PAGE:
Questions you’re asking: When should I claim Social Security?

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If you're nearing retirement, it usually—but not always—pays to wait to claim Social Security benefits as long as you comfortably can.

When it comes to Social Security and retirement, you may have conflicting viewpoints: On one side, you hope to start collecting your benefits as soon as you’re eligible, or maybe you’re concerned you’ll need that income sooner. On the other side, you know that if you wait, your monthly benefit amount will be greater.

While it does make sense to wait as long as you can, Sherman Hohenberger, lead wealth planner at Wells Fargo Wealth & Investment Management, recommends you reevaluate your situation every year in retirement before deciding whether to continue delaying the beginning of Social Security benefits.

“Because each individual, couple, widow, and widower has a unique lifestyle and unique income needs, I believe a year-by-year evaluation prior to beginning benefits is the best approach,” Hohenberger says.

One item you need for that annual retirement review is a current copy of your Social Security benefit estimate from This provides personalized estimates of future benefits based on your real earnings and lets you see your latest statement and your earnings history.

Here, Hohenberger outlines a comparison of claiming now vs. later and offers key considerations as you review your strategy each year.

Comparison: Claiming sooner vs. later

Let’s start with a hypothetical example: John Doe was born in 1960 and was earning $200,000 a year when he retired. He decided to start receiving Social Security benefits as soon as he became eligible at 62, or five years before he would receive full retirement benefits. His monthly benefit in today’s dollars is $2,106.

If he had delayed receiving benefits until he was 70, he’d receive $1,600 more a month, or $3,731. And he would make up for the eight-year delay in not taking any benefits in about 10 years. (And because one out of every four 65-year-olds today will live past age 90, according to the Social Security Administration,1 the long-term benefit could be substantial.)

“Unlike personal assets that can be exhausted, Social Security is a vast resource provided by the U.S. government. As long as you are alive, you should continue to receive your Social Security benefits and with a cost-of-living adjustment throughout your retirement years.”

Make wellness a deciding factor

Your health can play a big role in helping determine when you should start taking benefits. Do your loved ones live long lives, or have most succumbed to illness before age 65? “It’s not the most accurate indicator of what’s going to transpire in the future, but it can have some bearing, and therefore should be taken into consideration,” Hohenberger says.

“If you’re in reasonably good health and anticipate a continued healthy lifestyle, that usually counsels in favor of waiting,” he continues. “If, on the other hand, you’re in poorer health and have concerns about longevity, that counsels toward drawing benefits sooner rather than later.”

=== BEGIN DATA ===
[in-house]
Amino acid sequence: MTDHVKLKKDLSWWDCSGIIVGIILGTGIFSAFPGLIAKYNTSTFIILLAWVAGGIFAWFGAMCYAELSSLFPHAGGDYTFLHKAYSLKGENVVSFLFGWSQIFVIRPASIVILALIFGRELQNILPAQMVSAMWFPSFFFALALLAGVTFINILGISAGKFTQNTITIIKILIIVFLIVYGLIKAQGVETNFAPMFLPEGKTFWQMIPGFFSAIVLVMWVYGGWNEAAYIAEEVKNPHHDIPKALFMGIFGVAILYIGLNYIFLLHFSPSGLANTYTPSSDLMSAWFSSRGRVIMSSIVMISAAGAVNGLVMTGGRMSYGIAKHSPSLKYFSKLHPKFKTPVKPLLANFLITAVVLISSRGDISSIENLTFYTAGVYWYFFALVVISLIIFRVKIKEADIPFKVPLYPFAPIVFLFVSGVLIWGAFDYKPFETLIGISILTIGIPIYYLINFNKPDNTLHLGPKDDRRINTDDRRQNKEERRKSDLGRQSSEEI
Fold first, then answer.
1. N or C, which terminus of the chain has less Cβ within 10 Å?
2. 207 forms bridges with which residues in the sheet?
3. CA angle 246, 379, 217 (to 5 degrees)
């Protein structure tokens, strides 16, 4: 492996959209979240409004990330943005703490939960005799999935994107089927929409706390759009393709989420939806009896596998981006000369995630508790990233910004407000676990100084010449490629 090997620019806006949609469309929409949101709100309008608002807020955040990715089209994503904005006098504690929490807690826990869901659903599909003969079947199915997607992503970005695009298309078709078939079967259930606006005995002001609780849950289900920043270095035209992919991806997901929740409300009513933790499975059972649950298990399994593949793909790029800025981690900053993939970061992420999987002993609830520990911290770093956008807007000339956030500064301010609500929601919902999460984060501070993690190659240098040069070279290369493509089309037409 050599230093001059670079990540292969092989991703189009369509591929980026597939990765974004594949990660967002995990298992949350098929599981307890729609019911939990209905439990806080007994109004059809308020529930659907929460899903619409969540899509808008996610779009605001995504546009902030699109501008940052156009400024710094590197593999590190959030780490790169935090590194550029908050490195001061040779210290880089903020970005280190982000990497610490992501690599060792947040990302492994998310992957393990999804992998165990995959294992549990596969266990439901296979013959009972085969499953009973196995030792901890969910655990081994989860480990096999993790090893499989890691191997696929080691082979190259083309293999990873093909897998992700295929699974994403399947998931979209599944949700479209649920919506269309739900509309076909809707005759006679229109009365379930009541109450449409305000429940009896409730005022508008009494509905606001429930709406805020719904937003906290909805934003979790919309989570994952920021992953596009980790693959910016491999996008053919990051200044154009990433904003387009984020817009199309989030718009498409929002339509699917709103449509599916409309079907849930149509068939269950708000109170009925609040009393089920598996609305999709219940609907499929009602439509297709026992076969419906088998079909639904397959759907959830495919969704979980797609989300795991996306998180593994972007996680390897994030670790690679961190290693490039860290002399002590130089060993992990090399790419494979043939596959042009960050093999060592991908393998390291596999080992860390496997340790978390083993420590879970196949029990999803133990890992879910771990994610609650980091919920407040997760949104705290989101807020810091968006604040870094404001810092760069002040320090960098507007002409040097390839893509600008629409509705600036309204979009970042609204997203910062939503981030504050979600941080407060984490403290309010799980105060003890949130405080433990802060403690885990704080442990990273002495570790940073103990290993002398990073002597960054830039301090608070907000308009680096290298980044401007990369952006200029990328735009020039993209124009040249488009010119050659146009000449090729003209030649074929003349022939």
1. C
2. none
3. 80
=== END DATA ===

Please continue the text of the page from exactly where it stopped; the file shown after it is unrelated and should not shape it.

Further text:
Do you have enough income?

Another key factor is having other sources of income to help you live comfortably in retirement without needing Social Security benefits. He says you should consider the rate of return Social Security offers: 6.25% – 8.00% (plus a cost-of-living increase).

“I ask: ‘Is that an attractive return to you over the next 12 months?'” he says. “And given the current interest rate environment and unpredictability of the securities markets, the response is typically a resounding yes.”

Considerations for married couples

Hohenberger suggests married clients look at multiple factors when determining the timing for each spouse to claim Social Security benefits.

For example, if you’re working part time or seasonally, your Social Security benefits may be dramatically lower if your partner is working full-time. It still may be wise for both of you to wait, if possible.

“Not only does it increase the size of the benefit that the [higher-earning] individual personally receives, but it also increases the size of what’s known as the survivor’s benefit that the [lower-earning] spouse could draw if the other spouse passes away,” Hohenberger says.

Keep in mind that the current average life expectancy of a 65-year-old man is about 84 years, while a woman that age can expect to live until around age 86, according to the Social Security Administration.1

What about taxes?

When it comes to when to claim Social Security benefits, Hohenberger advises not to focus primarily on the tax ramifications.

“For the vast majority of people, their marginal tax rate in retirement will likely be fairly constant,” Hohenberger says. “If retirees were to take their Social Security benefit at 62, we typically see that their marginal tax rate is the same or approximately the same as it would be if they claimed the benefit at age 70. We want [them] to focus instead on working to help maximize the net cash flow over the remainder of their lifetime.”

  1. Benefits Planner/Life Expectancy, Social Security Administration, December 27, 2023,

Wells Fargo Wealth & Investment Management (WIM) is a division within Wells Fargo & Company. WIM provides financial products and services through various bank and brokerage affiliates of Wells Fargo & Company.

Wells Fargo and Company and its Affiliates do not provide tax or legal advice. This communication cannot be relied upon to avoid tax penalties. Please consult your tax and legal advisors to determine how this information may apply to your own situation. Whether any planned tax result is realized by you depends on the specific facts of your own situation at the time your tax return is filed.